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Supporting Students and School Communities Through Crisis


The American Academy of Pediatrics, American Academy of Child and Adolescent Psychiatry and Children’s Hospital Association have declared a National Emergency in Child and Adolescent Mental Health.

Mental health needs affect a young person’s experience in school and manifest in ways that are emotional, behavioral and cognitive. All learning is tightly intertwined with mental health, physical health, and social and emotional experiences.

To support students and school communities through the current crisis, we should adopt an approach that is both responsive and proactive. We must find ways to meet the urgent needs of today while making a down payment on the long-term changes that are needed to address children’s social, emotional, cognitive, and academic needs, right now and in the future—so they can thrive.

4 Priorities from Whole-Child Design

A whole-child approach to learning and development considers each young person’s social, emotional, academic, and cognitive development holistically. Today, It’s more important than ever to focus on the needs of the whole child: The science of learning and development demonstrates that all learning is integrated—no part of the brain develops in isolation. It would be a false choice to think we can focus on academic recovery without also addressing the critical social and emotional needs of children who have been living through the effects of the pandemic.

  • Take every opportunity to get to know students deeply
  • Use tiered supports to respond urgently to each and every student’s social, emotional, and academic needs in an integrated way
  • Embrace a team approach to mental health—all adults in the school community have a role to play
  • Promote the well-being of the adults who care for young people

Tools & Resources

The tools and resources included here can support educators and school staff in addressing each young person’s social, emotional, academic, and cognitive development holistically.

Well-Being Index

Getting to know students deeply positions adults to better understand and act responsively toward how students are feeling and functioning. Educators can use Turnaround’s Well-Being Index to get a holistic look at how students are feeling and functioning and understand individual student well-being through an equitable whole-child lens.

The Well-Being Index tools include:

  • Online version via Thrively
  • Printable versions
  • Educator guide


Responding to Students’ Urgent Needs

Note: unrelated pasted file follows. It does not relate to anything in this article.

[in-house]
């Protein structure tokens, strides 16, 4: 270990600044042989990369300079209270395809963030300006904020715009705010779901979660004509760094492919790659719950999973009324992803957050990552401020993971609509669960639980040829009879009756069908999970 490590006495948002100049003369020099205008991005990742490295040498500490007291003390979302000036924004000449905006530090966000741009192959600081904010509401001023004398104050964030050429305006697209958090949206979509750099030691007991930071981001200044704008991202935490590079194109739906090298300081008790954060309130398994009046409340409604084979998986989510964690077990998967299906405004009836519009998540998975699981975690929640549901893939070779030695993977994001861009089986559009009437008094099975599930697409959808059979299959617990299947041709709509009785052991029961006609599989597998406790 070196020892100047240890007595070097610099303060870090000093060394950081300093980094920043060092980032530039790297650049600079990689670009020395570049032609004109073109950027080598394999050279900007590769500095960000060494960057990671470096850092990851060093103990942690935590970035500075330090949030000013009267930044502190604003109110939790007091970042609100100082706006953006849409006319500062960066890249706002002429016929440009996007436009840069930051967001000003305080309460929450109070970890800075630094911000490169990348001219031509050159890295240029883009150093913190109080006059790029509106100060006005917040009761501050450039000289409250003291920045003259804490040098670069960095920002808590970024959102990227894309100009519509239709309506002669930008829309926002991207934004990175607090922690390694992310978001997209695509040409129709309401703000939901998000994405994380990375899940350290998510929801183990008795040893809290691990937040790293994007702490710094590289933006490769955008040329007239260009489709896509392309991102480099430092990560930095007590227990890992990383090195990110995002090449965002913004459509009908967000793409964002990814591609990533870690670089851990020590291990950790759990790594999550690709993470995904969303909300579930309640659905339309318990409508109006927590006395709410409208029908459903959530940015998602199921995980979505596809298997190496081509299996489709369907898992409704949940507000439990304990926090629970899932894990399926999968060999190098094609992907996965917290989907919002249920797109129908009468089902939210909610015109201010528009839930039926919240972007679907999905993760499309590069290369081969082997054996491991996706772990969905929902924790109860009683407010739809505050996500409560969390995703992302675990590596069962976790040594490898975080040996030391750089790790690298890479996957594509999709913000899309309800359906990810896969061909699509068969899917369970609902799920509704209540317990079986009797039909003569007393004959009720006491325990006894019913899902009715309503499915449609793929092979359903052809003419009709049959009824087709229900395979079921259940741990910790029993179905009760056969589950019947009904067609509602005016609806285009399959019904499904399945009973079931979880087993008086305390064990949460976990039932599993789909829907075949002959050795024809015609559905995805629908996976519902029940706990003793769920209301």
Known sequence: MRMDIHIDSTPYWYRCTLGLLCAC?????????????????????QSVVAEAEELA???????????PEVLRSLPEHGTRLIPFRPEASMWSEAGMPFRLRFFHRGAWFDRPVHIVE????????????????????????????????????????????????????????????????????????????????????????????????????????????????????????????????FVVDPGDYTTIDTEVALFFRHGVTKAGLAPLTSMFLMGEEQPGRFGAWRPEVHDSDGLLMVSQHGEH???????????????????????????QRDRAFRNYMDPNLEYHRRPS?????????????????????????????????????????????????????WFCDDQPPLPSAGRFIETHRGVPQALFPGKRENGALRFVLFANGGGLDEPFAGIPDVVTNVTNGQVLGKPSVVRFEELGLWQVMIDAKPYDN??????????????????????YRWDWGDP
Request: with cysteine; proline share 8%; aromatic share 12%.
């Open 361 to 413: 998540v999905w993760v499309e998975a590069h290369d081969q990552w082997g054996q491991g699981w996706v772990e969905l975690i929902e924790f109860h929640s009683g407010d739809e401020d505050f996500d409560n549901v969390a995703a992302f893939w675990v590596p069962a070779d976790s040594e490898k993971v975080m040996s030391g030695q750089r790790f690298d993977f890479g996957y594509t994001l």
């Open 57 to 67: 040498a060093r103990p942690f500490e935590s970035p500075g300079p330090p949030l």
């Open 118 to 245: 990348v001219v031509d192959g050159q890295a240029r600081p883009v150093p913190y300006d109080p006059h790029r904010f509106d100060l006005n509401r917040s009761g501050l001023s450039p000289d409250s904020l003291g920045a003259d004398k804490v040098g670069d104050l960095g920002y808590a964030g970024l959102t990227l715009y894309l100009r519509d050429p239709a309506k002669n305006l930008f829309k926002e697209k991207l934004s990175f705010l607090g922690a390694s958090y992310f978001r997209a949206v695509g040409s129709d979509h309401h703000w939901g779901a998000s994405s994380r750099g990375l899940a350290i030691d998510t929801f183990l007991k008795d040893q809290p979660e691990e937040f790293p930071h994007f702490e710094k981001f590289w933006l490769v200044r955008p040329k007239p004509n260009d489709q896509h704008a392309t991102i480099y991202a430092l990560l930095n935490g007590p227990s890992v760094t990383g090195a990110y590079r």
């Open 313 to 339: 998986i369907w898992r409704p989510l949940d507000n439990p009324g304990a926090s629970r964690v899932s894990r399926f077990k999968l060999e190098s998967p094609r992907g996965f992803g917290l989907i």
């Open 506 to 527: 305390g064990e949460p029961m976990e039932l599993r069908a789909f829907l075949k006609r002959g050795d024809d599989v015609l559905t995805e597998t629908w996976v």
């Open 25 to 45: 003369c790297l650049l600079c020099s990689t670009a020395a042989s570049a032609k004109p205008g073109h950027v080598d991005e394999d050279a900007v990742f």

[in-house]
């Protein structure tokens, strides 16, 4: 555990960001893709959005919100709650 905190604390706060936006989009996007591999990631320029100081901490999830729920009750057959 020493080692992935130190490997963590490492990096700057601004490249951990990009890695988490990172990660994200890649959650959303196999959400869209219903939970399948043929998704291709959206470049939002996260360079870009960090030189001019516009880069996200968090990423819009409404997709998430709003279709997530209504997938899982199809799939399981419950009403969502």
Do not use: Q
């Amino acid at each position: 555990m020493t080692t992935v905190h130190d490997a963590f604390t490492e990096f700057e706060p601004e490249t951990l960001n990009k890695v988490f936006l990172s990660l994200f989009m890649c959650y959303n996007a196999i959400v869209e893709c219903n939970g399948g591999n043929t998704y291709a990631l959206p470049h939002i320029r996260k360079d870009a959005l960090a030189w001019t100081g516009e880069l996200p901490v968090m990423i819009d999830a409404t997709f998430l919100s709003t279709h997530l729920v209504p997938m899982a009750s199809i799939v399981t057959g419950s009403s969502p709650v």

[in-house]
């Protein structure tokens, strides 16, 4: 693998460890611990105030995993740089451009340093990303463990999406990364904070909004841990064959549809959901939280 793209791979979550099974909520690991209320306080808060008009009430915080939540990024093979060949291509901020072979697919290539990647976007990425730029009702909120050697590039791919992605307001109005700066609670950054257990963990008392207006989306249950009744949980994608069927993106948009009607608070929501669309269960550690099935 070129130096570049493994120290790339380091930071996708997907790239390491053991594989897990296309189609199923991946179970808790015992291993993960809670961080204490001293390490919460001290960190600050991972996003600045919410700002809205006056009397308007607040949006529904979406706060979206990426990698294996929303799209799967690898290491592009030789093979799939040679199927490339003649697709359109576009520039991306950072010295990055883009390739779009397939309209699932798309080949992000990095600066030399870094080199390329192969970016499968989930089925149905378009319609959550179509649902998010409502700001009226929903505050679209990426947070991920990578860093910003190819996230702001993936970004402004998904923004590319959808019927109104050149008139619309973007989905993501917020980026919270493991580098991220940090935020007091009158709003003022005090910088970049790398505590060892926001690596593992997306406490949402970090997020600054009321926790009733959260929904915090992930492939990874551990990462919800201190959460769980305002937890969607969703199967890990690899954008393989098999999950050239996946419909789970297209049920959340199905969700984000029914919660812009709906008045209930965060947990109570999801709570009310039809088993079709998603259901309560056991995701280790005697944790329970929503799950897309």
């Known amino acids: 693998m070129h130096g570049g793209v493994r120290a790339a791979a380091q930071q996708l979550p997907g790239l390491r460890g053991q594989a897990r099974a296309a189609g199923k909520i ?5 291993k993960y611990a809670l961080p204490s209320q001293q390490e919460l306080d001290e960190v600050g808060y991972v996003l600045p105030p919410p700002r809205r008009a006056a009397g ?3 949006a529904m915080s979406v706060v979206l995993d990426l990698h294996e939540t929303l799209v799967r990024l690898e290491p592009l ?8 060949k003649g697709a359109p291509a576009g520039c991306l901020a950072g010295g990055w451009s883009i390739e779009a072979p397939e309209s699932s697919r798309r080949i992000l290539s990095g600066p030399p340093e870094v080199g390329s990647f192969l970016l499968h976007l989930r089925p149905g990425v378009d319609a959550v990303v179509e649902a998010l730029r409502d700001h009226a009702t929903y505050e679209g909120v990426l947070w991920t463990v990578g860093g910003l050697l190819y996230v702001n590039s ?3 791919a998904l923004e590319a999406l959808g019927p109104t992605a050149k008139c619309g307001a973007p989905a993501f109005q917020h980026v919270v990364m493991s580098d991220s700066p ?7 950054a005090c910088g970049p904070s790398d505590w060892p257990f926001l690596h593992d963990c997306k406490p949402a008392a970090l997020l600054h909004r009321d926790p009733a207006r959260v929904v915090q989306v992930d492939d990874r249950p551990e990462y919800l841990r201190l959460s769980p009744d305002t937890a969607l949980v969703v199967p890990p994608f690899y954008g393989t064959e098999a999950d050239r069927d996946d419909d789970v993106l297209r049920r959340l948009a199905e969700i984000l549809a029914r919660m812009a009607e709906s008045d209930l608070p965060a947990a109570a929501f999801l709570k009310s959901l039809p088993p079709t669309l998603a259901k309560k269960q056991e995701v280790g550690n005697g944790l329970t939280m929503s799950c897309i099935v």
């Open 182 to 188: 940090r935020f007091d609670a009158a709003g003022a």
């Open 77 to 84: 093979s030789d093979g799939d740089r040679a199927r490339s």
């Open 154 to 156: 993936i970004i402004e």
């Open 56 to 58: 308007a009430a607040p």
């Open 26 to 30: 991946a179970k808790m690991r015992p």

Integrated supports should systematically assess students’ comprehensive needs and strengths and coordinate resources in a unified and collaborative way, through a tiered supports system. A critical piece of this system is a crisis plan component that is responsive rather than just reactive, one that allows for students who are experiencing disruptions in their health, mood, behavior, and/or skill development to receive support immediately.

The crisis support tools include:

  • Setting up the Crisis Component
  • Making a Crisis Referral
  • Collaborative Implementation
  • Partnering with a Mental Health Agency


Deeper than Icebreakers: Activities to Know Your Students

Getting to know students deeply positions adults to better understand and act responsively toward how students are feeling and functioning. This tool offers educators three activities to more deeply understand the identities, cultures, and experiences of their students, from a place of openness, respect, and empathy.


Co-Regulating Cues Workbook

Both students and educators are dealing with high levels of stress. Dysregulated behaviors can be a symptom of that increased stress, and can only be mitigated by responding with attunement, understanding, and the co-creation of a strong sense of belonging in the community. This tool helps educators identify their own stress responses, reflect on interactions with students, and create new co-regulation strategies for when things get tough.


Empathetic Listening Strategies

Positive developmental relationships with students aren’t built by just being nice; they’re built through consistent interactions that build trust. Empathetic listening helps support the development of trusting relationships through committed attention, non-judgment, and probing to understand.


Relationships Inventory

Relationships should be at the core of everything we do in schools, because strong relationships can reduce stress—for both children and adults, address trauma, and bolster young people’s belief in themselves and their futures. The Relationships Inventory tool supports educators to reflect on relational aspects of the classroom.


Individualized Relationship Strategies

Students need to believe that the adults at school care about them and are there for them. Educators can use regular interactions they already have with students to learn about the unique strengths and challenges of each student. This tool offers easy-to-implement strategies to strengthen relationships with individual students.